iOS 5.0’s Advantages over Android 4.0

This article was just updated! You can view the new version here. It compares iOS 6 to Android 4.1.

Android has come a long way, but iOS is very mature and still has quite a few advantages over Android. Yesterday I listed the things I like better about Android 4.0 OS. Here are the things I miss most from iOS 5.0 and the Apple mobile ecosystem.

  1. Better overall app quality – Android apps have improved, but still don’t match the App Store when it comes to overall app quality. Apple tests all apps and it shows. Apple also excels in categories like games.
  1. Few tablet-optimized apps – Andy Rubin once said he didn’t think there should be apps specific to a tablet. I don’t agree with this statement. While it’s true, a well-designed app should adapt to different screen sizes, iPad-optimized apps provide a much better experience than standard iPhone apps. I wish the Android Market had a filter for tablet-optimized apps.
  1. More iOS-only or iOS first apps – By now you’d think all popular apps would be available on both platforms, but that’s not the case. Android is still missing some popular iOS apps. To make things worse, even when developers support both platforms, they often release their iOS apps first. If I were Google, I would provide incentives to top app developers to make sure they release their popular apps at the same time on both platforms.
  1. iCloud – Google had a huge lead in the area of cloud-based apps, but they still haven’t put together a comprehensive solution like Apple has with iCloud. Sure you could create an iCloud-like solution, but you’d have to do with a collection of apps. Apple makes it easier.
  1. Better intelligent personal assistant – I’ve tried Iris and a few other Siri competitors on Android and they don’t compete with Siri yet. It’s ironic that Google let Apple win in this area, because they still have better cloud-based voice recognition and return more useful search results in general.
  1. Better cut and paste – Apple has done a better job implementing their cut and paste. The also have more region selection options. This is one of the things I miss the most.
  1. Better calendar app – Another thing I miss is the iOS calendar. I found it much easier to add appointments to the Apple Calendar than the Android Calendar.
  1. No carrier bloatware – Carriers load all non-Nexus Android phones with useless apps. Some of these are links to paid services, others are carrier-branded apps. Most are things you don’t need and will never use. They clutter your screens and can’t be removed.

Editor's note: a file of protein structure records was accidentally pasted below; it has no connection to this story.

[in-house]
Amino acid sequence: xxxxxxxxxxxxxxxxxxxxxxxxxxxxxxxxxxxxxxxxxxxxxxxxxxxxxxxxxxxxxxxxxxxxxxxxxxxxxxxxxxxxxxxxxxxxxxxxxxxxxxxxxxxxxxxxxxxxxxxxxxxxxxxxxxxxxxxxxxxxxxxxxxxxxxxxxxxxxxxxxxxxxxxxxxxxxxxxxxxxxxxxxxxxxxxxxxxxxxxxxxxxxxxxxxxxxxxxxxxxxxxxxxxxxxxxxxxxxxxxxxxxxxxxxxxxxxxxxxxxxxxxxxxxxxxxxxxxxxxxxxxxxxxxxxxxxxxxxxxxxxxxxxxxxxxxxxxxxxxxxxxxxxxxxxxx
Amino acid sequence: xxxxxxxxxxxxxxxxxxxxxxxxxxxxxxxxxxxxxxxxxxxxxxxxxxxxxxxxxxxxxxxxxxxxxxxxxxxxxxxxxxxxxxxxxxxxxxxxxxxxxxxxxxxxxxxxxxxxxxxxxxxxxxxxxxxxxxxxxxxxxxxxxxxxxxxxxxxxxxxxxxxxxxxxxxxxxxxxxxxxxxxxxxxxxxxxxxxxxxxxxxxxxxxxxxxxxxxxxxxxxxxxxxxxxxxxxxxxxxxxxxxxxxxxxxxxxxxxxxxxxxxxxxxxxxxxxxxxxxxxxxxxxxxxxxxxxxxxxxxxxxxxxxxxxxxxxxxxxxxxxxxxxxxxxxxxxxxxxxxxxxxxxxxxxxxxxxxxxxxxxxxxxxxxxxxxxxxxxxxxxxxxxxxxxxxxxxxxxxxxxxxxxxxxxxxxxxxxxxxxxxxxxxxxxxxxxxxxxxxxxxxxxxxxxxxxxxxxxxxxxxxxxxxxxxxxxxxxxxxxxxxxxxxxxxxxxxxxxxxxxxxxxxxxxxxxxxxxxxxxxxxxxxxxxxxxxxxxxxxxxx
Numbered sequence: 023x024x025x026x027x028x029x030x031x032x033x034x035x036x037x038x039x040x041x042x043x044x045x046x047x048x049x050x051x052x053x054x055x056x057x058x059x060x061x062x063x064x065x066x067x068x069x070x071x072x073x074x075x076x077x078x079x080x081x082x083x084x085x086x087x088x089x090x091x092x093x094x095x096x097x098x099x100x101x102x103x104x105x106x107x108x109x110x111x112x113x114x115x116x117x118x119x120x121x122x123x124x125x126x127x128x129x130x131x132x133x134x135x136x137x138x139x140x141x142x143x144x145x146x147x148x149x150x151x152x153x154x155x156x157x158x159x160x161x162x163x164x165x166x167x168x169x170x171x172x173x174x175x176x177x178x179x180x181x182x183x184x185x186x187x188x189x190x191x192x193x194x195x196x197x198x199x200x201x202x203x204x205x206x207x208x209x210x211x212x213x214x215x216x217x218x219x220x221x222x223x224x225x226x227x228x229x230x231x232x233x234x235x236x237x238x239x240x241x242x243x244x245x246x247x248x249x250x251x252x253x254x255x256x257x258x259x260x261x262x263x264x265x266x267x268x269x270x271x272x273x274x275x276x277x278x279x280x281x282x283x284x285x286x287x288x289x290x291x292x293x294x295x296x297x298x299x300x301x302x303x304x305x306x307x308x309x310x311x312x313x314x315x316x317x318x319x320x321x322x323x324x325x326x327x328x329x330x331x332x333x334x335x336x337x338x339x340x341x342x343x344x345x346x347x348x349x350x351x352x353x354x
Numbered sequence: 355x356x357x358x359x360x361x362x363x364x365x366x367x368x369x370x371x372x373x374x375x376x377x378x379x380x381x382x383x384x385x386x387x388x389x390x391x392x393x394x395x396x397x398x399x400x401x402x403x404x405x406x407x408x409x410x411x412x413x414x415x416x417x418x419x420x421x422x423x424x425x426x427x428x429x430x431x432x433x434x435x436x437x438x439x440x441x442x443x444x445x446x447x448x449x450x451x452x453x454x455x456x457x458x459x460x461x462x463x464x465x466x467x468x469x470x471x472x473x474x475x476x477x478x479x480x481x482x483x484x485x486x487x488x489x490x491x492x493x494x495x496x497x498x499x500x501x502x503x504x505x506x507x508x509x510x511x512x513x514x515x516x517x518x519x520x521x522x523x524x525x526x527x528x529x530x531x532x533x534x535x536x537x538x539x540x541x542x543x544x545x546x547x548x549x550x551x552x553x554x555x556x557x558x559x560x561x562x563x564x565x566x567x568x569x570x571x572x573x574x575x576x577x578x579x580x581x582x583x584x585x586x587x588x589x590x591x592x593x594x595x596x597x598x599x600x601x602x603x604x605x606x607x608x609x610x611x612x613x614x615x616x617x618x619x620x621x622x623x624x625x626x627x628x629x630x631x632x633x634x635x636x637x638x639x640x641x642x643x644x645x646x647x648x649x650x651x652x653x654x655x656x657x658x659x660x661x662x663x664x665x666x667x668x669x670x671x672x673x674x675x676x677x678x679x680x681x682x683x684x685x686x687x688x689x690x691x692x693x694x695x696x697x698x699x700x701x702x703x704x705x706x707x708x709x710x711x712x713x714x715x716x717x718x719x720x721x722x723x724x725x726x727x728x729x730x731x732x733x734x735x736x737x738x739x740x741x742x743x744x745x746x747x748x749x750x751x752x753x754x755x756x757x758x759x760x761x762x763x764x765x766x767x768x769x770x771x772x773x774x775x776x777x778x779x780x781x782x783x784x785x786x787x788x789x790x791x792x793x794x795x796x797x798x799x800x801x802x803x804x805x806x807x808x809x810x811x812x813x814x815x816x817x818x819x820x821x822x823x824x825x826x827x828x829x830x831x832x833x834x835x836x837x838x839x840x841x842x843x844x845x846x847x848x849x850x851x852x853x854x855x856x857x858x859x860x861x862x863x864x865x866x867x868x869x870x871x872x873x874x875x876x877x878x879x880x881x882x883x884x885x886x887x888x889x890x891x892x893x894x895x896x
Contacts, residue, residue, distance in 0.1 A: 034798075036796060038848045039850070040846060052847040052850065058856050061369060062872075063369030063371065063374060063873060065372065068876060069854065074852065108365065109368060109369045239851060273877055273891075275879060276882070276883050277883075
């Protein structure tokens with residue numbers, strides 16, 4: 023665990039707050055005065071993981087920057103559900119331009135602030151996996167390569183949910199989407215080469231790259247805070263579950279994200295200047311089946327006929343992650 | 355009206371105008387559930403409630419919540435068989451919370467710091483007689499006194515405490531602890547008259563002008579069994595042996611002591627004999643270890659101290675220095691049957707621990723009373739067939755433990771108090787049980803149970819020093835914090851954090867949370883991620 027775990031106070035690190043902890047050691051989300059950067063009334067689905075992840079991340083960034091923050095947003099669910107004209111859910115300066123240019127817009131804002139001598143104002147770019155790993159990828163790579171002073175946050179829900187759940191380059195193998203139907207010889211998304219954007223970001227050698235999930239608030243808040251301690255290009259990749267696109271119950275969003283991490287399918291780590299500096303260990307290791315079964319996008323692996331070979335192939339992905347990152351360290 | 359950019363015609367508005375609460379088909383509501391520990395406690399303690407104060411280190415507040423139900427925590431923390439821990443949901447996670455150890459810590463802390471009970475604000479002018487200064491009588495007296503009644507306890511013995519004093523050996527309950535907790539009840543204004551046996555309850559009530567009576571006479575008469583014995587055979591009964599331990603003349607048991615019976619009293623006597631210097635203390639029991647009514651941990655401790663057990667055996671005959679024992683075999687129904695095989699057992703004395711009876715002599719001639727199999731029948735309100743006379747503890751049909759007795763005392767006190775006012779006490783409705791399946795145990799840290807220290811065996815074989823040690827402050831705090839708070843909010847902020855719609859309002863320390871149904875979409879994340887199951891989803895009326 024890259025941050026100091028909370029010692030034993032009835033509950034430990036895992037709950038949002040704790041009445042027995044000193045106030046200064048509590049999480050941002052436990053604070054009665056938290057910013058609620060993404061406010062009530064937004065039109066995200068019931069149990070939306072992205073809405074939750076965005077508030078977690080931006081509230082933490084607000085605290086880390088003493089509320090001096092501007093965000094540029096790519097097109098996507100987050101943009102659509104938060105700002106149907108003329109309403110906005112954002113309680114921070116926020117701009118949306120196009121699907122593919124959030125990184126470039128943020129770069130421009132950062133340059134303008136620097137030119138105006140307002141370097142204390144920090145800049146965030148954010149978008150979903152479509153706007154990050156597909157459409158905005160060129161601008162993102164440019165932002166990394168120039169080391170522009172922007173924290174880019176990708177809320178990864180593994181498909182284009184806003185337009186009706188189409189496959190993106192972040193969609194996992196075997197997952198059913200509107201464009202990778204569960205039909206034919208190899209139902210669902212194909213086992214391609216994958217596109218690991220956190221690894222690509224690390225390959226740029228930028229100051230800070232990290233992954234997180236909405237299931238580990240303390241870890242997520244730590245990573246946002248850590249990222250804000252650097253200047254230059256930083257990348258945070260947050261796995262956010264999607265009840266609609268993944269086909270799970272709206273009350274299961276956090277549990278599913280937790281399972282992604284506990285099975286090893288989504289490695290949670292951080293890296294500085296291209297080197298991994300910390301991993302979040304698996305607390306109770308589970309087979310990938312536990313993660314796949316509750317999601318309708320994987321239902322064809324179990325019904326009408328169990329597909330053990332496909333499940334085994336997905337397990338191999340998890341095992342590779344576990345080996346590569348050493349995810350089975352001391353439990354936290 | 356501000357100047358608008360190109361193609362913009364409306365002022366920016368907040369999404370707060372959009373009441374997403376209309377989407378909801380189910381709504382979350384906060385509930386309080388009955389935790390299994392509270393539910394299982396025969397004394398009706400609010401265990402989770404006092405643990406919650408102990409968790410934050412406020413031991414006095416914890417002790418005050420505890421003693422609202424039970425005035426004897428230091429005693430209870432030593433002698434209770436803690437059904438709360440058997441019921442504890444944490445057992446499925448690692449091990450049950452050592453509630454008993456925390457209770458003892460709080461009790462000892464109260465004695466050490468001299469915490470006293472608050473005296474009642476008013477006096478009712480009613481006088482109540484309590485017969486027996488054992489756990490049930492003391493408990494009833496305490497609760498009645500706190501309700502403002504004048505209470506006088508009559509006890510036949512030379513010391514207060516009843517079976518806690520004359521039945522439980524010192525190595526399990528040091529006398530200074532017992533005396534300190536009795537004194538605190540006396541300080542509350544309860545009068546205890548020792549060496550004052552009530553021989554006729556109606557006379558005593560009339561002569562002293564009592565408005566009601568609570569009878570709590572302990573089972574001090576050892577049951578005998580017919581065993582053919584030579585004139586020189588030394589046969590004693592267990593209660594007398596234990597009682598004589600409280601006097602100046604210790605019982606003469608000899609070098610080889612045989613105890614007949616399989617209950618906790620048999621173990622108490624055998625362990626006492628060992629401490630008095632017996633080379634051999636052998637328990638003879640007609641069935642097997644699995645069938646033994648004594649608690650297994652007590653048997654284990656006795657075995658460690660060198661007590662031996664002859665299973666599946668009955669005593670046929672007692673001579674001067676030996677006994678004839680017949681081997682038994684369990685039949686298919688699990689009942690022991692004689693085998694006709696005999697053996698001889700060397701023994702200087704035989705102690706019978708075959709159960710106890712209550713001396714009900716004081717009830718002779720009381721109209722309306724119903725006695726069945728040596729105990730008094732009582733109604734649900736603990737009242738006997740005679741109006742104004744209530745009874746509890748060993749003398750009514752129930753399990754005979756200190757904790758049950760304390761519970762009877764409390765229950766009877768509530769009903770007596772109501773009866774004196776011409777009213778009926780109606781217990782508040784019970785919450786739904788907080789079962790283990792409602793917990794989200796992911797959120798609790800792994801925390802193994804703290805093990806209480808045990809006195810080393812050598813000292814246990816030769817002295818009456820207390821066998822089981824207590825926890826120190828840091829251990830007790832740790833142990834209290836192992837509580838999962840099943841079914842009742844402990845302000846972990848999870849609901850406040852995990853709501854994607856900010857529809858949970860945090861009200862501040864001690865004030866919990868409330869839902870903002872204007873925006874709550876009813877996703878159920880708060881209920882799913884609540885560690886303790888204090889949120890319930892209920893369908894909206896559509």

1. Less OS fragmentation – Carriers decide which versions of the Android OS to include. Oftentimes they do not allow users to upgrade to the newest OS. This combined with carrier skins makes the Android experience vary from phone to phone. Although Apple does have some problems with fragmentation of older phones (e.g. iPhone 3G), it’s not near as bad as most Android phones.
  1. Better voice mail app – I think it’s ridiculous that I have to dial *86 to get voice-mail on my Galaxy Nexus. You’d think its 1998, not 2012. Apple’s phone app has dedicated voice mail button and its interface is excellent.
  1. Better power management – iOS devices seem to have power management than Android devices. Some of this may be a result of the fact that iOS doesn’t allow third-party apps to run in the background. Others might have to do with the fact that iPhone 4S has an under-clocked processor and no LTE support. Whatever the reason, it’s an Apple advantage.
  1. One-button operation – Apple uses a single button to return to the Home screen, display the search box, and show recently opened apps. Is it intuitive? No, but once you learn it, it works well.

These are the things that I miss about iOS. What did I leave out?

This article was just updated! You can view the new version here. It compares iOS 6 to Android 4.1.

– Rick

Copyright 2012 Rick Schwartz. All rights reserved. Linking to this article is encouraged.

Follow me on Twitter @mostlytech1

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About Rick E. Schwartz
Rick Schwartz is successful mobile blogger from San Diego. He is currently working on next-generation mobile hardware and software. You can learn more about Rick by clicking on the "About" tab at the top of this page.

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